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APA Monitors Bill That Would Limit Research on Non-Human Primates

If passed, this bill would prohibit invasive research (regardless of source of funding) on any of the following species of non-human primates: chimpanzees, gorillas, bonobos, orangutans, or gibbons (which in fact are not great apes).

By Sangeeta Panicker, PhD

On April 17, the Great Ape Protection Act (H.R. 5882) was introduced in the House of Representatives by Rep. Edolphus Towns (D-NY), along with Reps. Tom Allen (D-ME), Roscoe Bartlett (R-MD), Mary Bono Mack (R-CA), Bruce Braley (D-IA), John Campbell (R-CA), Jim Langevin (D-RI), and David Reichert (R-WA). If passed, this bill would prohibit invasive research (regardless of source of funding) on any of the following species of non-human primates: chimpanzees, gorillas, bonobos, orangutans, or gibbons (which in fact are not great apes). The bill would also prohibit breeding and transportation of these species for such research purposes.

As defined in the bill, “invasive research” refers to “any experimental research that may cause death, bodily injury, pain, distress, fear, injury, or trauma to a great ape, including—(A) the testing of any drug or intentional exposure to a substance that may be detrimental to the health of a great ape; (B) research that involves … restraining, tranquilizing, or anesthetizing a great ape; or (C) isolation, social deprivation, or other experimental physical manipulations that may be detrimental to the health or psychological well-being of a great ape”. It also includes “ … observation of natural or voluntary behavior of a great ape, (if) the research require(s) removal of the great ape from the social group or environment … or require(s) an anesthetic or sedation event to collect data or record observations”.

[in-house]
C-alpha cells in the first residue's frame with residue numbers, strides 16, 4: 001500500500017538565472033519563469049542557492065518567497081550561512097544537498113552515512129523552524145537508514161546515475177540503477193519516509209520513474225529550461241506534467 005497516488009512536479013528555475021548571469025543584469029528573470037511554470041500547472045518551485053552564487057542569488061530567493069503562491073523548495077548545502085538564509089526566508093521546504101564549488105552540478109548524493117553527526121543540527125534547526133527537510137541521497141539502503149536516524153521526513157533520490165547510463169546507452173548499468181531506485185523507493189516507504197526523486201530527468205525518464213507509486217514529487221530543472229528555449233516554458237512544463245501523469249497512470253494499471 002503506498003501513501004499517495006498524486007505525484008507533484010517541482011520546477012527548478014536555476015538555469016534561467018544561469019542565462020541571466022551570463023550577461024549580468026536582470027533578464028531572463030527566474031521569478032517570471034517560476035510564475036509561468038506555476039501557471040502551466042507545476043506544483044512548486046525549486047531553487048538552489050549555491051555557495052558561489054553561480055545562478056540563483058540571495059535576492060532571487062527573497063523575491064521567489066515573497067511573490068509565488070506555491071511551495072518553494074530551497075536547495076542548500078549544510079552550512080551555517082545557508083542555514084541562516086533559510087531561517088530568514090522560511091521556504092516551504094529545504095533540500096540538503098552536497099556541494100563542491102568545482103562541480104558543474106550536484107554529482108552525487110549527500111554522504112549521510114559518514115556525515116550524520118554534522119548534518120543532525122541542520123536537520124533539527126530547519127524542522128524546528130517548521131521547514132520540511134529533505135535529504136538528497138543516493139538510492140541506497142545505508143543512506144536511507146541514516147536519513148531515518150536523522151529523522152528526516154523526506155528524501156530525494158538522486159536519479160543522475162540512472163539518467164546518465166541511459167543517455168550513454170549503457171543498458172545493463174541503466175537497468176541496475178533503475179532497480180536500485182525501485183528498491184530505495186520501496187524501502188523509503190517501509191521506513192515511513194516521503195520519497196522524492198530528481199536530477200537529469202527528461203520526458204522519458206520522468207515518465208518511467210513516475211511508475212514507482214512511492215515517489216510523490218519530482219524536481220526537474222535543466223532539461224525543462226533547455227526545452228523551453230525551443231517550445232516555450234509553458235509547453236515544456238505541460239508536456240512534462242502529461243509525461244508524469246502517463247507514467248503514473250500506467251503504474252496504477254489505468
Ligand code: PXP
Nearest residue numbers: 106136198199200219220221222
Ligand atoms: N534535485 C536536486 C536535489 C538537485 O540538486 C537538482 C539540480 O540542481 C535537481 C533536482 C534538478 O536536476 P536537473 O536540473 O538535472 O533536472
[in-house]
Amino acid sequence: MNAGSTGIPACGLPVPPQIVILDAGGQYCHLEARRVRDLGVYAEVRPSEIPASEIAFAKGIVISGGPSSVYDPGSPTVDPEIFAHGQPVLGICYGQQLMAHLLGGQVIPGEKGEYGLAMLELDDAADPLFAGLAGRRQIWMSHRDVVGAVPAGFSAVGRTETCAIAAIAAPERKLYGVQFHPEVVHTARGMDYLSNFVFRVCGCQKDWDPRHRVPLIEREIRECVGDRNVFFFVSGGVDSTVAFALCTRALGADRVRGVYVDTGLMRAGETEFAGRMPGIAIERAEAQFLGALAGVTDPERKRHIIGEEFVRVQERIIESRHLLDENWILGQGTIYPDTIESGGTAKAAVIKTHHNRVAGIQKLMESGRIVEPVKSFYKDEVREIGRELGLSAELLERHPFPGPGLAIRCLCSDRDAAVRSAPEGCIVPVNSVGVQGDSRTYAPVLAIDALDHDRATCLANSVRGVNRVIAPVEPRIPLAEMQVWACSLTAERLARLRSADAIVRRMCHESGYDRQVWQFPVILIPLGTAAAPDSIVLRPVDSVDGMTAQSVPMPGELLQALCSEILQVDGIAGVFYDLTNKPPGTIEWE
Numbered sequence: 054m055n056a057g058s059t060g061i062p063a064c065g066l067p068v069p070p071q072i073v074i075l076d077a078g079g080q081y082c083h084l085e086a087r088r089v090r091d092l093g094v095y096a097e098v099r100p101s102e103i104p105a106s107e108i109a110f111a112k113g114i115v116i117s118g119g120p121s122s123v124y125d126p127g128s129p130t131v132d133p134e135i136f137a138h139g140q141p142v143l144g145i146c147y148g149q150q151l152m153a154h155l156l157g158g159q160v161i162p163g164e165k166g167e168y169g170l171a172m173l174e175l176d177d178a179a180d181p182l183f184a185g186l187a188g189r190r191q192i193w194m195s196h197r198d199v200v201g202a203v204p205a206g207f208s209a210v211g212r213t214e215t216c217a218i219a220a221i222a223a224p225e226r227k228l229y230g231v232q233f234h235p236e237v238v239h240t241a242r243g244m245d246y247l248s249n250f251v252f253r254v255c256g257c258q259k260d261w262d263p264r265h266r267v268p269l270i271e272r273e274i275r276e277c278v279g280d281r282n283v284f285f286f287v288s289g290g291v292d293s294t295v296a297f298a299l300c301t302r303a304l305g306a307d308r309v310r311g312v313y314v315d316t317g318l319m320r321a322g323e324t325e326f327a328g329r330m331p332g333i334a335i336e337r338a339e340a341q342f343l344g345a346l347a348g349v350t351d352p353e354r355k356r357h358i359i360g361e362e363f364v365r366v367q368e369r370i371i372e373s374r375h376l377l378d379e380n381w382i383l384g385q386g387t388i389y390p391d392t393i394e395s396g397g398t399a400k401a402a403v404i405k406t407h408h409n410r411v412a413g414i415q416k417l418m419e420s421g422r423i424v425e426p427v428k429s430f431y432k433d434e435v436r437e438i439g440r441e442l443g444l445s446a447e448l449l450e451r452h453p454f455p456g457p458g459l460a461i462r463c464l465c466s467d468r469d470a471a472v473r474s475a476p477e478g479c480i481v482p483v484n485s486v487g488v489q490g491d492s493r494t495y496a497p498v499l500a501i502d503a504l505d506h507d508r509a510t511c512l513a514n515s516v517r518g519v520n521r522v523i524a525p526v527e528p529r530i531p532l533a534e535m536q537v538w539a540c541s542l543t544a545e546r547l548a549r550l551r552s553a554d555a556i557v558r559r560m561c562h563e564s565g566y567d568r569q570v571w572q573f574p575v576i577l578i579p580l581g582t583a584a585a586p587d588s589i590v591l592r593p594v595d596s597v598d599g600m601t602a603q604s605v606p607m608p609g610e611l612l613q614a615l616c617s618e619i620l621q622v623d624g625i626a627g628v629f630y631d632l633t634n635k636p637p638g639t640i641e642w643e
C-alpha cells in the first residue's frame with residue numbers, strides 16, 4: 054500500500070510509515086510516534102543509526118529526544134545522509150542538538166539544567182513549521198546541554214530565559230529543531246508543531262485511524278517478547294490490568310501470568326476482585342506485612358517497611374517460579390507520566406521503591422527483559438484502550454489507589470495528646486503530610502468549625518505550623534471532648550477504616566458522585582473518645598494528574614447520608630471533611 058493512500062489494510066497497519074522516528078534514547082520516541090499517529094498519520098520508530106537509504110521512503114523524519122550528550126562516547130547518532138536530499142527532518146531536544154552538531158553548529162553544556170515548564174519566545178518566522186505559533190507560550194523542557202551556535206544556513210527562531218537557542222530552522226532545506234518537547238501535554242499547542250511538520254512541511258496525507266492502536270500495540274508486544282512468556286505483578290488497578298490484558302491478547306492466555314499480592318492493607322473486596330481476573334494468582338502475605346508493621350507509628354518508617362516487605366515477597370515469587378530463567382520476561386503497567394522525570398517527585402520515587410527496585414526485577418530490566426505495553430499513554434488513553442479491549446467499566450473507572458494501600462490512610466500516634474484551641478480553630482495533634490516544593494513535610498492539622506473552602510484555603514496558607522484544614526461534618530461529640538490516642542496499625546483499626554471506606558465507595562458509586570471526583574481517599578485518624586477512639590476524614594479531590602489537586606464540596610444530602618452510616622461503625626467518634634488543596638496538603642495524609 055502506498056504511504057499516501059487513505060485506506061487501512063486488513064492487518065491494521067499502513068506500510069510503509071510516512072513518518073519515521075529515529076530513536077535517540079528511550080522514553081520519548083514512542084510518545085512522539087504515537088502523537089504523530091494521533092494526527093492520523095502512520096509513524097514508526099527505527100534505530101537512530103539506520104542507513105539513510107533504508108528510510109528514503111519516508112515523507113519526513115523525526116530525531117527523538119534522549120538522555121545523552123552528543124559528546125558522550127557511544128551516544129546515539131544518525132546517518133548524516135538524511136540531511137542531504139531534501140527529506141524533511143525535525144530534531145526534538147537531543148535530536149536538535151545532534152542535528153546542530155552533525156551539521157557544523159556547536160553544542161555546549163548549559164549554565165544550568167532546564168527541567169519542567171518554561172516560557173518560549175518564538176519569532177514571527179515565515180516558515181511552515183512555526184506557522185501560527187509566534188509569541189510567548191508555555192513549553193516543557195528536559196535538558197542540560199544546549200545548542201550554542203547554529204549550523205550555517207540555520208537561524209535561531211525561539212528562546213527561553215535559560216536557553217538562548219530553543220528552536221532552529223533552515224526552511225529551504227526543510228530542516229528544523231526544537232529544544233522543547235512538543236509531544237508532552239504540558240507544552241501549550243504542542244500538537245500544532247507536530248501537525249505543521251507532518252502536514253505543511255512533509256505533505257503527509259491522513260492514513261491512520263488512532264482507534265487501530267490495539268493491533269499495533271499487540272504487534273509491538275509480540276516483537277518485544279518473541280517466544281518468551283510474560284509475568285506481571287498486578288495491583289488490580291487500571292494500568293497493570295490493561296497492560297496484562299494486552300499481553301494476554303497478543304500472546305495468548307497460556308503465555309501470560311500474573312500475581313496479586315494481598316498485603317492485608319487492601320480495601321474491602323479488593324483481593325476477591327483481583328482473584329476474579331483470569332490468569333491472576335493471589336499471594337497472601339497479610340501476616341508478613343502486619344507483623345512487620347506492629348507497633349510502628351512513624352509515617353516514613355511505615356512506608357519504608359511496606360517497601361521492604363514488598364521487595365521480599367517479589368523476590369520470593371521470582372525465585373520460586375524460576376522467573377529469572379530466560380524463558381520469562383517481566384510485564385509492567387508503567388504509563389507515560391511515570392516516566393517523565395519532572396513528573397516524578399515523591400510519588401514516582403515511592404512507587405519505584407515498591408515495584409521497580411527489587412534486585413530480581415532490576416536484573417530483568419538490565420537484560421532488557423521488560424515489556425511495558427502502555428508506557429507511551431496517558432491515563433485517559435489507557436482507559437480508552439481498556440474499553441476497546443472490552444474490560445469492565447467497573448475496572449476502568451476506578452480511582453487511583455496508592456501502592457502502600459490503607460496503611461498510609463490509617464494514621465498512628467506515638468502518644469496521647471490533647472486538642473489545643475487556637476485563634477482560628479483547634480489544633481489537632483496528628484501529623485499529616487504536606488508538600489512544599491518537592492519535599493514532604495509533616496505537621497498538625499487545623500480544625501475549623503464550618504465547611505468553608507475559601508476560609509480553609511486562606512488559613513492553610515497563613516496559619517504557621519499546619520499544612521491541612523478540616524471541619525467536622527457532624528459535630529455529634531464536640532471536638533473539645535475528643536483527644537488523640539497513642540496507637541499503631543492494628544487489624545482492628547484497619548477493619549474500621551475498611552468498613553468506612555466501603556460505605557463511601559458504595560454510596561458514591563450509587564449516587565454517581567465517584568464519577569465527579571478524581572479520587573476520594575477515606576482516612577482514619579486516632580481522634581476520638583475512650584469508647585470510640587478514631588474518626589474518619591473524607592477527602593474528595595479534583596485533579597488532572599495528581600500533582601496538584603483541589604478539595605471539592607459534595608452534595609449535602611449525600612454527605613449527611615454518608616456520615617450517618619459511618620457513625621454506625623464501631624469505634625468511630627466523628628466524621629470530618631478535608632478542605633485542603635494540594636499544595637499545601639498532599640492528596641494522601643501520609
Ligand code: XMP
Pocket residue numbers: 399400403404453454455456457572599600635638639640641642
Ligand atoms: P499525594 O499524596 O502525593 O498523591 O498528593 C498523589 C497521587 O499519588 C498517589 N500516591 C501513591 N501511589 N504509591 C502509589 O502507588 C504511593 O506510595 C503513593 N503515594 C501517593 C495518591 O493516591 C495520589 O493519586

The bill, which is supported by the Humane Society of the United States and The New England Anti-Vivisection Society, has been referred to the House Committees on Energy and Commerce, Foreign Affairs, and Ways and Means. The APA Committee on Animal Research and Ethics is currently assessing the impact of this legislation on behavioral and psychological research with these species, if it were to be enacted as introduced. APA will monitor the status of the bill and advocate for legislation that does not impede ethically and scientifically sound research while ensuring that laboratory animals are afforded the highest levels of humane care and treatment.